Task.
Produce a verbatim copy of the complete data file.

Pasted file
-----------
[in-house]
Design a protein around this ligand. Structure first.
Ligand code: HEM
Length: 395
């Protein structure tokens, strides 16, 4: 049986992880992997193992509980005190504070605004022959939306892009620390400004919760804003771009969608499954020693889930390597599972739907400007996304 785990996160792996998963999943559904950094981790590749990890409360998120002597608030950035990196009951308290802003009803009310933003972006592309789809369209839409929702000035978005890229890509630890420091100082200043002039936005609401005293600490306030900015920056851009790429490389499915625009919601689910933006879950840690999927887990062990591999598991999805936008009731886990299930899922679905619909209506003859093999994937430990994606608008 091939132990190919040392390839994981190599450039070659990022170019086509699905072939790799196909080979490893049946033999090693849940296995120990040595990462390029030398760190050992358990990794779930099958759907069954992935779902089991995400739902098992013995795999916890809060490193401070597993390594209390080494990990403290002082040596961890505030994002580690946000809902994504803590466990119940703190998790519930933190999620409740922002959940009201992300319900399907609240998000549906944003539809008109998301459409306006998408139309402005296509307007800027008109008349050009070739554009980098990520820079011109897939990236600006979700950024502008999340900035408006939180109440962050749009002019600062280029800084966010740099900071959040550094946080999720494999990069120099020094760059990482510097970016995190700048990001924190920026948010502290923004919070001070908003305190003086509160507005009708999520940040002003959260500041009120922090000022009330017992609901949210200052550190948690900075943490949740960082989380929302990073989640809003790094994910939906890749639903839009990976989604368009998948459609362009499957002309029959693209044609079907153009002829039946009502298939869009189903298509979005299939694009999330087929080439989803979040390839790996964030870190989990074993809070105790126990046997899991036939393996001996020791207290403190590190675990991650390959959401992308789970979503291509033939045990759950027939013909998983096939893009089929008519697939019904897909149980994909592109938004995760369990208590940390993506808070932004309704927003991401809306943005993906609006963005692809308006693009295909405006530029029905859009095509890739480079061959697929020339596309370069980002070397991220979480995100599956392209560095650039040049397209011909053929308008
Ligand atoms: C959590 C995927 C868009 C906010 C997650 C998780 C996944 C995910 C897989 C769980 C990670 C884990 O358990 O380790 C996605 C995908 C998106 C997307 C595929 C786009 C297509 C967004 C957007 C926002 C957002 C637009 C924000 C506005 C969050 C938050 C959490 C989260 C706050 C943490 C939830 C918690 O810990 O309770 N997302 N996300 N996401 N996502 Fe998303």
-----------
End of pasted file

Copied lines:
[in-house]
Design a protein around this ligand. Structure first.
Ligand code: HEM
Length: 395
């Protein structure tokens, strides 16, 4: 049986992880992997193992509980005190504070605004022959939306892009620390400004919760804003771009969608499954020693889930390597599972739907400007996304 785990996160792996998963999943559904950094981790590749990890409360998120002597608030950035990196009951308290802003009803009310933003972006592309789809369209839409929702000035978005890229890509630890420091100082200043002039936005609401005293600490306030900015920056851009790429490389499915625009919601689910933006879950840690999927887990062990591999598991999805936008009731886990299930899922679905619909209506003859093999994937430990994606608008 091939132990190919040392390839994981190599450039070659990022170019086509699905072939790799196909080979490893049946033999090693849940296995120990040595990462390029030398760190050992358990990794779930099958759907069954992935779902089991995400739902098992013995795999916890809060490193401070597993390594209390080494990990403290002082040596961890505030994002580690946000809902994504803590466990119940703190998790519930933190999620409740922002959940009201992300319900399907609240998000549906944003539809008109998301459409306006998408139309402005296509307007800027008109008349050009070739554009980098990520820079011109897939990236600006979700950024502008999340900035408006939180109440962050749009002019600062280029800084966010740099900071959040550094946080999720494999990069120099020094760059990482510097970016995190700048990001924190920026948010502290923004919070001070908003305190003086509160507005009708999520940040002003959260500041009120922090000022009330017992609901949210200052550190948690900075943490949740960082989380929302990073989640809003790094994910939906890749639903839009990976989604368009998948459609362009499957002309029959693209044609079907153009002829039946009502298939869009189903298509979005299939694009999330087929080439989803979040390839790996964030870190989990074993809070105790126990046997899991036939393996001996020791207290403190590190675990991650390959959401992308789970979503291509033939045990759950027939013909998983096939893009089929008519697939019904897909149980994909592109938004995760369990208590940390993506808070932004309704927003991401809306943005993906609006963005692809308006693009295909405006530029029905859009095509890739480079061959697929020339596309370069980002070397991220979480995100599956392209560095650039040049397209011909053929308008
Ligand atoms: C959590 C995927 C868009 C906010 C997650 C998780 C996944 C995910 C897989 C769980 C990670 C884990 O358990 O380790 C996605 C995908 C998106 C997307 C595929 C786009 C297509 C967004 C957007 C926002 C957002 C637009 C924000 C506005 C969050 C938050 C959490 C989260 C706050 C943490 C939830 C918690 O810990 O309770 N997302 N996300 N996401 N996502 Fe998303």